ANOTHER INDICTMENT OF THE PALMETTO STATE’S LAX CONFLICT-OF-INTEREST REPORTING LAWS …
A few years ago this website exposed a direct link between powerful S.C. Senate leader Hugh Leatherman and millions of dollars in state transportation contracts. None of that income was disclosed by Leatherman on his required financial disclosure documents.
And of course nothing has happened in the aftermath of our reporting … (well, except for Leatherman becoming even more powerful by virtue of his 2014 election as Senate president).
Anyway, this week reporter Ron Aiken of The Nerve has a report up regarding additional lack of disclosure on the part of the all-powerful legislative leader.
According to Aiken’s report, Leatherman, his wife and related companies “own more than $2 million of real estate in Florence County, but you won’t find those holdings anywhere on Leatherman’s official Statement of Economic Interest form required by law.”
To his credit, Aiken isn’t focused so much on Leatherman’s latest effort to hide his assets as he is the broader failure of the state’s “disclosure” laws – namely the weakly worded requirements for Statement of Economic Interest (SEI) forms, the refusal of elected officials to disclose potentially incriminating information and the total lack of enforcement over these failings.
“In theory, SEIs identify potential conflicts of interest by showing where an elected official or senior government employee receives money and disclose any business or financial interests that may benefit from the officeholder’s position,” Aiken reported. “In reality, SEIs are little more than a list of gifts and state benefits, with the personal interest disclosure section worded so vaguely and filled-out so poorly by respondents that they stand as perhaps the least-policed financial documents in state government because in South Carolina, the policing entity for the form’s accuracy isn’t the state Ethics Commission but legislators themselves.”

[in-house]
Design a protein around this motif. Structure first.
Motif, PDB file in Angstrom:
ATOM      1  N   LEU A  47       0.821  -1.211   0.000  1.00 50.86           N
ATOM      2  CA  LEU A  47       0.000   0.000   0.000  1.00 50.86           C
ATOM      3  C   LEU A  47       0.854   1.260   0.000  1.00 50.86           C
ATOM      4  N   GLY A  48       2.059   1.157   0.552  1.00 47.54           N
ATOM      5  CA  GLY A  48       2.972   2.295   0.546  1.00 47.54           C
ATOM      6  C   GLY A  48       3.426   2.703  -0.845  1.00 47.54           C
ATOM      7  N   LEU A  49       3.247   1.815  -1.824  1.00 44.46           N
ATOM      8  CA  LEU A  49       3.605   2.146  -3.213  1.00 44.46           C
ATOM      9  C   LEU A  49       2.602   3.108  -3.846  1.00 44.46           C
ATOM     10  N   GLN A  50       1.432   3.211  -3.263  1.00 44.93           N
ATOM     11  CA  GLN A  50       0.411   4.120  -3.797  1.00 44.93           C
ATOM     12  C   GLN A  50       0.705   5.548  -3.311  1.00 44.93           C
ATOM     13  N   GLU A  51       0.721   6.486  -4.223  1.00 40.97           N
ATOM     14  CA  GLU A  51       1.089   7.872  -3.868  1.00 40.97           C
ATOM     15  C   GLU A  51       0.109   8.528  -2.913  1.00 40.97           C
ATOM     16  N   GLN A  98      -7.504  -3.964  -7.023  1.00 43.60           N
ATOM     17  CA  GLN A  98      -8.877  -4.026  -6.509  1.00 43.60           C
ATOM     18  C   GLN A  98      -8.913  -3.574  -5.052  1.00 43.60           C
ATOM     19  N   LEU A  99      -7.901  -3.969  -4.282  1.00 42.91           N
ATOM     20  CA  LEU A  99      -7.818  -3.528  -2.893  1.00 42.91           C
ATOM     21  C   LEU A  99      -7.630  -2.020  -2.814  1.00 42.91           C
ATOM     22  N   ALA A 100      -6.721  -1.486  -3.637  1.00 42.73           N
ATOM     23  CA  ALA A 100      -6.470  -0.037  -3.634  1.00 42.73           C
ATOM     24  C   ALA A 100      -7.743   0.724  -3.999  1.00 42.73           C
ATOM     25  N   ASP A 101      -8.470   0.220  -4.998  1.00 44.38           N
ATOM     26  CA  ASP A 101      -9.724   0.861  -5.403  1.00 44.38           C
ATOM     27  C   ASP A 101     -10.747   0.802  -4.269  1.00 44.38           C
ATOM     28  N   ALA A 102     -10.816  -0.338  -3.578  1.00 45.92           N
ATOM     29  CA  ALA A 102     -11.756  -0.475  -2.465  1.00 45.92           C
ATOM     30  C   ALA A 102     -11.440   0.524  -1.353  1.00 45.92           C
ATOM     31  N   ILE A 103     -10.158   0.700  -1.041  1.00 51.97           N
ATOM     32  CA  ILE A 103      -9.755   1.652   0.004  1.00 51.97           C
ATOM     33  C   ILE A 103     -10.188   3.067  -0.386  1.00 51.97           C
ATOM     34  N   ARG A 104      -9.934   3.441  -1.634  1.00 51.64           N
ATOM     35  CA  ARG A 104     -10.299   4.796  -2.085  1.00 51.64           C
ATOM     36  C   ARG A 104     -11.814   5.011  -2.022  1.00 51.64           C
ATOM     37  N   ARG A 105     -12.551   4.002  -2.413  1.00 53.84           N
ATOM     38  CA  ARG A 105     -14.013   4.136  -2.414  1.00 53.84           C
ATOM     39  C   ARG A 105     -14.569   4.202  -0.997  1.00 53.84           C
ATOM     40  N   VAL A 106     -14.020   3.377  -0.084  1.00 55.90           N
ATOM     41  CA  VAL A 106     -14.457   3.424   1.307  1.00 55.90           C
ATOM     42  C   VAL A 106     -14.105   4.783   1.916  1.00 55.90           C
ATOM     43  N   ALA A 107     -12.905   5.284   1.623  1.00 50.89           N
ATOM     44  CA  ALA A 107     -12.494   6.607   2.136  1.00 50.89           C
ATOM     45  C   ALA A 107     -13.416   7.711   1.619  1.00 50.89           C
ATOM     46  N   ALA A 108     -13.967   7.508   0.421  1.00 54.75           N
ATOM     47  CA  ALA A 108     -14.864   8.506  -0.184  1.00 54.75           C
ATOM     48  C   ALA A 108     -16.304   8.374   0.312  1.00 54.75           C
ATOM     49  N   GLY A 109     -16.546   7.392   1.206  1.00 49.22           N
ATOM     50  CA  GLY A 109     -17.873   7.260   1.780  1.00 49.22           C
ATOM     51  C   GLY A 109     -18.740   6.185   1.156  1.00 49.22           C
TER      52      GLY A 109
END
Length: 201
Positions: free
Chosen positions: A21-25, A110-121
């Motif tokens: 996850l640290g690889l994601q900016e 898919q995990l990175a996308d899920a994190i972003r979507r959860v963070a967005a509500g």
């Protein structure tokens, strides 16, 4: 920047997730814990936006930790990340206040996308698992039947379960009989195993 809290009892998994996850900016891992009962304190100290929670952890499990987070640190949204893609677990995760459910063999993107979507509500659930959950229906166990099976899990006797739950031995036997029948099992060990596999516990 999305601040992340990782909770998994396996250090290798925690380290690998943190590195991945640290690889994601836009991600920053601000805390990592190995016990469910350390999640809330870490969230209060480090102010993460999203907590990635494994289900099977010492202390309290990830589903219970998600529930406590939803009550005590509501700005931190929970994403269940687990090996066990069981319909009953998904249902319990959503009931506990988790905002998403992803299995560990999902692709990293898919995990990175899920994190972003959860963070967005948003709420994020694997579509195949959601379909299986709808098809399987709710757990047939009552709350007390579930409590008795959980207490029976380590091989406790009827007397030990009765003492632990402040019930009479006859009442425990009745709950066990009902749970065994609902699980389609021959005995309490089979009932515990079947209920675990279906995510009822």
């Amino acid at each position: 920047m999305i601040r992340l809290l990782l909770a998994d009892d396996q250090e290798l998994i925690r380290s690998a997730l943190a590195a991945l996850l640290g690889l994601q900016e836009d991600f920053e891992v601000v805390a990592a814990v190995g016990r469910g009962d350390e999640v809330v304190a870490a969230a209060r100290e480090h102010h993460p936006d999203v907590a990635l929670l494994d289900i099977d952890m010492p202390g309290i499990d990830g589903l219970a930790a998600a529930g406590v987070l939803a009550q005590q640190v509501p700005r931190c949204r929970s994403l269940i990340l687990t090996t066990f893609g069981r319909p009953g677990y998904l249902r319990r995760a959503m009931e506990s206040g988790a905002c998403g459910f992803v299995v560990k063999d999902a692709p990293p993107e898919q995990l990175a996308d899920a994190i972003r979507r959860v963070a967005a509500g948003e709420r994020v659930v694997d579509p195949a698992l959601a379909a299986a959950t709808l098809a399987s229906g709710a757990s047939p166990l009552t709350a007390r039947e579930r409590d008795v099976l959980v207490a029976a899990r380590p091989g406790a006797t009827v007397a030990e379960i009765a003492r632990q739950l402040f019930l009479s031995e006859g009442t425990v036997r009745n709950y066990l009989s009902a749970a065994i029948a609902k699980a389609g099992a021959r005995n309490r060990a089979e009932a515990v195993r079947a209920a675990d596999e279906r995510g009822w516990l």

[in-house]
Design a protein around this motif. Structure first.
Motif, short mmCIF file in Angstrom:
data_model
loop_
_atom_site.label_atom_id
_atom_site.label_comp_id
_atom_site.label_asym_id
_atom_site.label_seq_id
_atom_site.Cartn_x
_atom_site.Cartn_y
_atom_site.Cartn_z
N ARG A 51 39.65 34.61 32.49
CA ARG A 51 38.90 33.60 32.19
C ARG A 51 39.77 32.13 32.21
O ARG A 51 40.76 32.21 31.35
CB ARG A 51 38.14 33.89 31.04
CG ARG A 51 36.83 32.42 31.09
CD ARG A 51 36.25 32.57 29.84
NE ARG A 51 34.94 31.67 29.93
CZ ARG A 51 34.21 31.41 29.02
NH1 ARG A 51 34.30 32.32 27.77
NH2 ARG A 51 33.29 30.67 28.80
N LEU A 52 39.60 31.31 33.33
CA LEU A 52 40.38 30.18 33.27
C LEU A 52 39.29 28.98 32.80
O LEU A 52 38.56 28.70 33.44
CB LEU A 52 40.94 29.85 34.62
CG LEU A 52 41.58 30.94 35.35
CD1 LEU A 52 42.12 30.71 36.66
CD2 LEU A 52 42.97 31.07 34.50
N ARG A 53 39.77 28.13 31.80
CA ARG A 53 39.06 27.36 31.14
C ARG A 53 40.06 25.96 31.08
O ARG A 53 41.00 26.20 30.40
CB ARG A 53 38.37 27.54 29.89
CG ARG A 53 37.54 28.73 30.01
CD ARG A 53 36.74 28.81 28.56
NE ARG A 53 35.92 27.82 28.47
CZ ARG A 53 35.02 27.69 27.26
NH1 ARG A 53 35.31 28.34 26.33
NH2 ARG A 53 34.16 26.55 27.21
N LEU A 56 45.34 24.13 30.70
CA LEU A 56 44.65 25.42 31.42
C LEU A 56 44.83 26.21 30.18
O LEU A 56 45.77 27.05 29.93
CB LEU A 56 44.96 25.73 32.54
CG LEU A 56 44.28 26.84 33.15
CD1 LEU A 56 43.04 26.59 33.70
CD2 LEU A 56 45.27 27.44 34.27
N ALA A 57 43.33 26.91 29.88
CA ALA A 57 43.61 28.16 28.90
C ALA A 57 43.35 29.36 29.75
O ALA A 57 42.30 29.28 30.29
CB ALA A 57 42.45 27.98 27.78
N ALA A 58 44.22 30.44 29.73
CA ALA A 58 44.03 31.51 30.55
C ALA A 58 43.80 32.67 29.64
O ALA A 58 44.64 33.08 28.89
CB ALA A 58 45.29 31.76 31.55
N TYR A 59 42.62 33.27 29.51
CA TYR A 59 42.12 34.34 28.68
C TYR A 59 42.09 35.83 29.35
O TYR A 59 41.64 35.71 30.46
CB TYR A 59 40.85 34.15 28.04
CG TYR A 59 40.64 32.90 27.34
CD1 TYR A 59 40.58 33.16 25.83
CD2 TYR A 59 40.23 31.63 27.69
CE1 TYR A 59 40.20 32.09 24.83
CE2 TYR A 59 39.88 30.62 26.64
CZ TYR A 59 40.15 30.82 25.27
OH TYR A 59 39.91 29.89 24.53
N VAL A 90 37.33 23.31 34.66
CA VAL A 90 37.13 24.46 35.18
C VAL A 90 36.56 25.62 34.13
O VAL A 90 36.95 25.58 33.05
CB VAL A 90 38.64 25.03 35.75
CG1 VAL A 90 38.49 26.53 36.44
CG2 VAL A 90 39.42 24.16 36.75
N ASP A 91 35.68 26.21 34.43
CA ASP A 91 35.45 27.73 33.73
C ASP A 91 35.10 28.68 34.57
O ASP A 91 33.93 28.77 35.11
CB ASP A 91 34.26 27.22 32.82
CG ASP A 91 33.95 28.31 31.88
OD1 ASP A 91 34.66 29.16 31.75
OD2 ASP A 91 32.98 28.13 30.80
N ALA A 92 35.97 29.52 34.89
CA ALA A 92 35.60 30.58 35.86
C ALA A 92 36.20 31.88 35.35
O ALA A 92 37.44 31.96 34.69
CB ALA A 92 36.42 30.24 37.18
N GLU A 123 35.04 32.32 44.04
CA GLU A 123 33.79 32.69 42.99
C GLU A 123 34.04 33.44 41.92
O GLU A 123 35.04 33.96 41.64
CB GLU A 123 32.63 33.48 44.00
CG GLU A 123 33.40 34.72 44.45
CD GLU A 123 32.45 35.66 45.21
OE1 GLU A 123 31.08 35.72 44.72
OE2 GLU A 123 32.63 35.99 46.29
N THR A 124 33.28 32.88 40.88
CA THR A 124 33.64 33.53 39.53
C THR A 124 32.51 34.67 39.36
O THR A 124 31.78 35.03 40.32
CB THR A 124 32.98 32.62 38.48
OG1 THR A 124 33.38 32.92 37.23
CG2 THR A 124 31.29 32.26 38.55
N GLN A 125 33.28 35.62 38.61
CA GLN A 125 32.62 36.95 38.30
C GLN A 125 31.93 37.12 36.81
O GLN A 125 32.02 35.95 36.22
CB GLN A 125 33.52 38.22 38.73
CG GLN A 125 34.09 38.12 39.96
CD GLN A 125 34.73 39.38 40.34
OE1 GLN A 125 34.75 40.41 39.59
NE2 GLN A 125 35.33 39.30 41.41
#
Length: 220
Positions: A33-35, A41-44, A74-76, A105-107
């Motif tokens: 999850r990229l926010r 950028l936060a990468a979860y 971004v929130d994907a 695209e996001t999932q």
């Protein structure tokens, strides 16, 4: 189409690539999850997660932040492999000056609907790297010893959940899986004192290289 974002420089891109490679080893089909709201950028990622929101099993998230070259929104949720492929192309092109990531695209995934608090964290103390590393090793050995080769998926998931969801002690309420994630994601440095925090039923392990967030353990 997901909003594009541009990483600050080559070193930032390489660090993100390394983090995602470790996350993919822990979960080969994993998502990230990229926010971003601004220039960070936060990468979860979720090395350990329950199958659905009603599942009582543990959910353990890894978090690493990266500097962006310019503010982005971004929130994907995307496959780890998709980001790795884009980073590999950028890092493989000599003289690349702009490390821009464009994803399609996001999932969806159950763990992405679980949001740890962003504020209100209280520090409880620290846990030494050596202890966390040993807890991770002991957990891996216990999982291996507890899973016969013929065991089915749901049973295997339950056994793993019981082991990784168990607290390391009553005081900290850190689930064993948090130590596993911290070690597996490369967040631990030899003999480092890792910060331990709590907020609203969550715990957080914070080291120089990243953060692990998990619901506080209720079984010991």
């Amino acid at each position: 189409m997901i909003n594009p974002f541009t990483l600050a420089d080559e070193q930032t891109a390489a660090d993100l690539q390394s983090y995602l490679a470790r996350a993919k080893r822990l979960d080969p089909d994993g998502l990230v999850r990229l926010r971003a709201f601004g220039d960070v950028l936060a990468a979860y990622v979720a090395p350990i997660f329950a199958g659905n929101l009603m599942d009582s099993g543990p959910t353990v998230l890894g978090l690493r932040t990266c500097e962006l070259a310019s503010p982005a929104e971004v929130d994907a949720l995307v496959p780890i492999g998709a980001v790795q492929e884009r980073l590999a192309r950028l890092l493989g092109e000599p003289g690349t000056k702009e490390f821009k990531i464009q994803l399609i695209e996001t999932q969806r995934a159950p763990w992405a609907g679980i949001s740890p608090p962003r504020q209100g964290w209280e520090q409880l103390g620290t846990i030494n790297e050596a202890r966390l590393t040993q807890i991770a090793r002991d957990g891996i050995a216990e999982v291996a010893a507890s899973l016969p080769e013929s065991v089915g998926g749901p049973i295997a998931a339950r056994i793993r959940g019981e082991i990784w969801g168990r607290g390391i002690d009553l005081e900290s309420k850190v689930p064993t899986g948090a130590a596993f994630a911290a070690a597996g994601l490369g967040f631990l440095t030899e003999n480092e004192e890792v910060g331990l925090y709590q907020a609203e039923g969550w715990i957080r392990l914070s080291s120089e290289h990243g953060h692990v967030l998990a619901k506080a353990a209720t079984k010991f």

The most significant impediments to exposing – and stopping – public corruption in South Carolina remain the self-policing legislative “ethics” committees that hold exclusive authority over probing the alleged misdeeds of state lawmakers.
As we wrote earlier this year …
… this website has been fighting for years to not only expose the corruption itself, but more importantly the self-policing system that perpetuates it. We’ve also aggressively exposed the “reforms in name only” lawmakers have put forth as part of a backdoor effort to muzzle criticism of their chronic self-dealing … while giving the appearance of doing something to promote “public integrity.”
What a joke.
We’ve tried to hold this system accountable – and are taking shots because of it.
State lawmakers? They’ve continued to cash checks and evade accountability for their actions. Meanwhile the state’s top prosecutor – S.C. attorney general Alan Wilson – has been disturbingly selective in his promised pursuit of public corruption.
The result of all this? A state which literally breeds corruption.
Will anything change?
Don’t count on it … rather than pushing for ethics reform that eliminates this corrupt self-policing mechanism, lawmakers have instead pushed laws aimed at silencing dissent. In fact only one state lawmaker – S.C. Rep. Kirkman Finlay – has made comprehensive income disclosure a priority in recent years.
That has to change … but again, we’re not holding our breath.